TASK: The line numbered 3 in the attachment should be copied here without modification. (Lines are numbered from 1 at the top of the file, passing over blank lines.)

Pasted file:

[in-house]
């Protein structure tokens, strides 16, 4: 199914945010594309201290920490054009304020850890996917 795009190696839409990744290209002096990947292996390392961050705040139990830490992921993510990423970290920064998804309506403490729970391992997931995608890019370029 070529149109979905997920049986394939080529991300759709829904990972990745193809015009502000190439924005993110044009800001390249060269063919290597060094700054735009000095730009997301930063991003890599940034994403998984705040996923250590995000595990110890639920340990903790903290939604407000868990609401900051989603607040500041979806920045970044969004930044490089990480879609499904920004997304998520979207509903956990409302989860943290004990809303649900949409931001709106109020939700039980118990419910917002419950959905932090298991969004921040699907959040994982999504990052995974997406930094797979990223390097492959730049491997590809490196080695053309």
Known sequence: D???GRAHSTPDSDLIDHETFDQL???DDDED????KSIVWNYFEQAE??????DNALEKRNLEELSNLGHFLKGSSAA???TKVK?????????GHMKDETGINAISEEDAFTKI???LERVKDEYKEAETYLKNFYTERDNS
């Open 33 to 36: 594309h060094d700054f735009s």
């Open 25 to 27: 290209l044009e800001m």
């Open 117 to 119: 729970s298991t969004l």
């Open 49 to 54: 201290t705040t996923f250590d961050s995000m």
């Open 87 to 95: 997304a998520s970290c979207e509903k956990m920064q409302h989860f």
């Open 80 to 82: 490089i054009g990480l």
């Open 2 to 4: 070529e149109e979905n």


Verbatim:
Known sequence: D???GRAHSTPDSDLIDHETFDQL???DDDED????KSIVWNYFEQAE??????DNALEKRNLEELSNLGHFLKGSSAA???TKVK?????????GHMKDETGINAISEEDAFTKI???LERVKDEYKEAETYLKNFYTERDNS